The class TestData is constructed with the initial dataset of all 29470 cities and uses that to generate an array of 11 Datasets that will be used in the tests (5 random at sizes 1000, 2000, 4000, 8000, and 16000 and 6 sequential ones at sizes 1000, 2000, 4000, 8000, 16000, and 29470);

The class Result represents one timing measurement for our TimerTests. It records which algorithm was used to perform the sorting, which Comparator was used to determine the sorting order, what was the size and the organization of the dataset that was sorted, and what was the measured runtime.

You should use all of these variables in your comparisons of various results. To run all tests would require that you run 5 algorithms with 3 comparators for each on each of the 11 datasets (5 random at sizes 1000, 2000, 4000, 8000, and 16000 and 6 sequential ones at sizes 1000, 2000, 4000, 8000, 16000, and 29470) for a total of 5 x 3 x 11 = 165 possible results. Some of the algorithms cannot handle such large datasets - it is your job to find out which ones.

Finally, the TimerTests class actually runs the timing tests. It runs each algorithm on the selected data sets. Before looking at how this work is organized, we need to know what methods and fields are provided by the ASortAlgo abstract class that all algorithm classes extend.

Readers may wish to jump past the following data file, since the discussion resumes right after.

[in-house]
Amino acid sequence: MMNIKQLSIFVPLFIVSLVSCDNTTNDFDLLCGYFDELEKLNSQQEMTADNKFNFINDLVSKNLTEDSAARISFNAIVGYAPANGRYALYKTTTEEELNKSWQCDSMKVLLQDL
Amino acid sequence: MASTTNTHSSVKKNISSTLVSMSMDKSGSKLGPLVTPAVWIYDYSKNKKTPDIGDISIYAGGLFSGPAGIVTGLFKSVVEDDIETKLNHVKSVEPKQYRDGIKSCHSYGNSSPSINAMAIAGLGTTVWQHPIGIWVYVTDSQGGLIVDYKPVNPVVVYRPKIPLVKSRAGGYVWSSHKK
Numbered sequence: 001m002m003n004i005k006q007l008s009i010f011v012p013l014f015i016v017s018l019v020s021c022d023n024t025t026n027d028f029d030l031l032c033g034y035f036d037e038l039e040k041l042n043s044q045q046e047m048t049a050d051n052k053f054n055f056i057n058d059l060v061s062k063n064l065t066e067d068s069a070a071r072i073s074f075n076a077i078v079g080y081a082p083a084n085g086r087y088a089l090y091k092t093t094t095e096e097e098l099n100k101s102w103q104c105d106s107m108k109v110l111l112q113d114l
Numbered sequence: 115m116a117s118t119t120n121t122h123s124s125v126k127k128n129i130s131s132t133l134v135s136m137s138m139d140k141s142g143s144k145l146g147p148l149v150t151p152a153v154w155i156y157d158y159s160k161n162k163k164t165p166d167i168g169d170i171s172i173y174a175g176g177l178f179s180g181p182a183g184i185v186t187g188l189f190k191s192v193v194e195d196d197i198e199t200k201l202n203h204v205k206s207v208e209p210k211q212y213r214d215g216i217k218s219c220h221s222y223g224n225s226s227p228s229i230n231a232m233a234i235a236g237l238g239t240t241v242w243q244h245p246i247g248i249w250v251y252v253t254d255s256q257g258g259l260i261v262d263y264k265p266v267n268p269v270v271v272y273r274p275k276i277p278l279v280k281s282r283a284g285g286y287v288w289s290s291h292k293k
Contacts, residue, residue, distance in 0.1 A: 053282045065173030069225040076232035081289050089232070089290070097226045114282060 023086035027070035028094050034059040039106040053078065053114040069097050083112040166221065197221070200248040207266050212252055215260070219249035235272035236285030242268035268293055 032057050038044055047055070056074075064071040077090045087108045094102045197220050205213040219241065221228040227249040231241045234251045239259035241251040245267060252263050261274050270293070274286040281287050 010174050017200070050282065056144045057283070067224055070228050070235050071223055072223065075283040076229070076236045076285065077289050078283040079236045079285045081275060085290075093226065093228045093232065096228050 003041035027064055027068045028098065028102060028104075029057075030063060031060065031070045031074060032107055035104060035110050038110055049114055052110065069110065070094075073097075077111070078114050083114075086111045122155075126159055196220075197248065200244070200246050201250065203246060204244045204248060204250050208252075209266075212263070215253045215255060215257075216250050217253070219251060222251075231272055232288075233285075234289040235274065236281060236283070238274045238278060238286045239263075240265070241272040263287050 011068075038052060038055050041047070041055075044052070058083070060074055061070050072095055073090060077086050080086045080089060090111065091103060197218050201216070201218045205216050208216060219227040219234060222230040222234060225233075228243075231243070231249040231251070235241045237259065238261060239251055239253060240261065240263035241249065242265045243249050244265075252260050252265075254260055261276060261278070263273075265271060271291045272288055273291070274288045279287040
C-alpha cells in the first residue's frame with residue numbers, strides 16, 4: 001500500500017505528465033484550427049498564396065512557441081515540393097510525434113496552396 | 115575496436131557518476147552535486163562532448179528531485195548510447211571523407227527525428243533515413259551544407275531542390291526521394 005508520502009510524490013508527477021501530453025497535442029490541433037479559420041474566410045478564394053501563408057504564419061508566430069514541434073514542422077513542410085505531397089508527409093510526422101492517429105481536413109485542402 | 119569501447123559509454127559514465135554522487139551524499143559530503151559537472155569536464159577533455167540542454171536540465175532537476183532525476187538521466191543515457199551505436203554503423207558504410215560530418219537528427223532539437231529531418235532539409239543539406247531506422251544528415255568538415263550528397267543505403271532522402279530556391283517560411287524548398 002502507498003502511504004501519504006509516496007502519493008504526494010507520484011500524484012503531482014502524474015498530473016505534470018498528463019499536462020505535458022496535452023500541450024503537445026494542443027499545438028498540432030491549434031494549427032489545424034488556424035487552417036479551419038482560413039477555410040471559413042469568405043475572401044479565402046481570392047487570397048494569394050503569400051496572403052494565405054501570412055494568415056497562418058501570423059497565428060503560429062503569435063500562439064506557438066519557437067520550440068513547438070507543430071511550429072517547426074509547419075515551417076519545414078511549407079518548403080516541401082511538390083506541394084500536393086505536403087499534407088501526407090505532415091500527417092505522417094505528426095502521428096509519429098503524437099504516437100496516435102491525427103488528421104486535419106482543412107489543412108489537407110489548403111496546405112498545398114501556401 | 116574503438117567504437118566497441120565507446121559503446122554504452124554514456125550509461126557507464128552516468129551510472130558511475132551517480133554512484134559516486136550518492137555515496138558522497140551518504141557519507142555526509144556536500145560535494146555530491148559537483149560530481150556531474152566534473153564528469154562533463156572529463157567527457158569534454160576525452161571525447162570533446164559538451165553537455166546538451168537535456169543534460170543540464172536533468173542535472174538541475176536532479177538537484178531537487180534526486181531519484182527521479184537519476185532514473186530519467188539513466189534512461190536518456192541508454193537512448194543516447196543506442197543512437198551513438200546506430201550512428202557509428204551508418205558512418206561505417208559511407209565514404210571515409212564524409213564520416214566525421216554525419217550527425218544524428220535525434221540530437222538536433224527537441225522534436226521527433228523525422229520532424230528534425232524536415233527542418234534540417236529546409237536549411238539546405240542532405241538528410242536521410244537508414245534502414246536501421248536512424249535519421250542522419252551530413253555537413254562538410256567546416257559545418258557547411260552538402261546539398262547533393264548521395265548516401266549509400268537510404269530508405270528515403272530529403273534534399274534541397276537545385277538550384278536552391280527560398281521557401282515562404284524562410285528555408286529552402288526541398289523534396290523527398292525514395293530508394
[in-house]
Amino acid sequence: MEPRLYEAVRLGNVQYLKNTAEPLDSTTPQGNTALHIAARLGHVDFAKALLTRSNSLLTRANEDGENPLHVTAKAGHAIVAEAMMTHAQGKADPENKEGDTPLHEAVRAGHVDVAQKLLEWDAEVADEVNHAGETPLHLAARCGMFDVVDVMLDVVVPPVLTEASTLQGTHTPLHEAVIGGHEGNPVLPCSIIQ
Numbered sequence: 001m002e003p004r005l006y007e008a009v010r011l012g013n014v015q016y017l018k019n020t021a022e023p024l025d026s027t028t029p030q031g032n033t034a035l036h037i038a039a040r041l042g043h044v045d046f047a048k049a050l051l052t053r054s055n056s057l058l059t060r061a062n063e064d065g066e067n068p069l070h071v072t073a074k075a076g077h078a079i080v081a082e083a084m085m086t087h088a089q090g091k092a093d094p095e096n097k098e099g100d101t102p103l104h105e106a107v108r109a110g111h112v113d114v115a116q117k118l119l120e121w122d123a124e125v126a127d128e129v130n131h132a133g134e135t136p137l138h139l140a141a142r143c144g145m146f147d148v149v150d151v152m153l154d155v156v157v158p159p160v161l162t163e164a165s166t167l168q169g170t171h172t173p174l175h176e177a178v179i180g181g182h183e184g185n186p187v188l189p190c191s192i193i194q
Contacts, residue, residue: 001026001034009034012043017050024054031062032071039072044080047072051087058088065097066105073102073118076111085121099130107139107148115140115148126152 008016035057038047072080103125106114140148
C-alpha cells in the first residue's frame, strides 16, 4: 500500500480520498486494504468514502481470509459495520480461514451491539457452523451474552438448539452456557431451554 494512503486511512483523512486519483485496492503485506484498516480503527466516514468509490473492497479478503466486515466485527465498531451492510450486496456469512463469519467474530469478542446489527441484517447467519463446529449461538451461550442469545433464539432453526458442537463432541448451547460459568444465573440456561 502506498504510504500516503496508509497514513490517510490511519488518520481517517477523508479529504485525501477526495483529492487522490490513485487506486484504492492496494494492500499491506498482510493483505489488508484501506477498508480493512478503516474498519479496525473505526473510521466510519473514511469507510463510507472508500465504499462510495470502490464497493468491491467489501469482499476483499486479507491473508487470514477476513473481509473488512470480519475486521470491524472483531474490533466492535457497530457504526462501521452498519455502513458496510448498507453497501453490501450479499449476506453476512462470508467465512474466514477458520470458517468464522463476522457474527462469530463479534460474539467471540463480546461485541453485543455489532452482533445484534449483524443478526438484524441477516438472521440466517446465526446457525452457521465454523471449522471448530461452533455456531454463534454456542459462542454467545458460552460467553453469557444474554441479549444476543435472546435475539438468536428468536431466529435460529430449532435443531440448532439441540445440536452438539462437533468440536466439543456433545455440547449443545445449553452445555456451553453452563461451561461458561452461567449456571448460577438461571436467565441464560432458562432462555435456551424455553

The abstract class ASortAlgo contains two fields, the Comparator used for determining the sorting order and the name of this sorting algorithm to report at the end of the test. It has two abstract methods, initData that consumes a Traversal and is used to initalize the data that the algorithm will use, and the method sort that takes no additonal arguments (besides this) and produces aTraversal for the sorted data. Our timing will only measure the time needed for this step.

The TimerTests class first initialzes an ArrayList of Comparators we will use. The method runAllTests organizes which test will be run by first creating the ArrayList of ASortAlgo objects, each representing an algorithm with a specific Comparator. (It can build all 15 possible combinations, but we can omit some algorithms by commenting out the appropriate lines in the makeAlgos method.) It also builds a list of indices for the test data ArrayList allowing us to choose which datasets should be sorted. For each combination of algorithm/comparator + dataset it then invokes the runATest method that performs one measurement and produces the Result object. All Results are collected in an ArrayList and printed in the Console after completion of all tests.

The runATest method first invokes for the algorithm/comparator being tested the init method providing as argumeant the Traversal for the dataset to be sorted. It then starts the timer, invokes the sort method and checks the elapsed time when the sort is completed. To make sure the sorting has been performed correctly, it verifies that the resulting data has been sorted before reporting the result. If the resulting data is not sorted, it throws the UnsortedException.

Files in the package timertests:






Last modified: Saturday, November 24th, 2007 5:26:39pm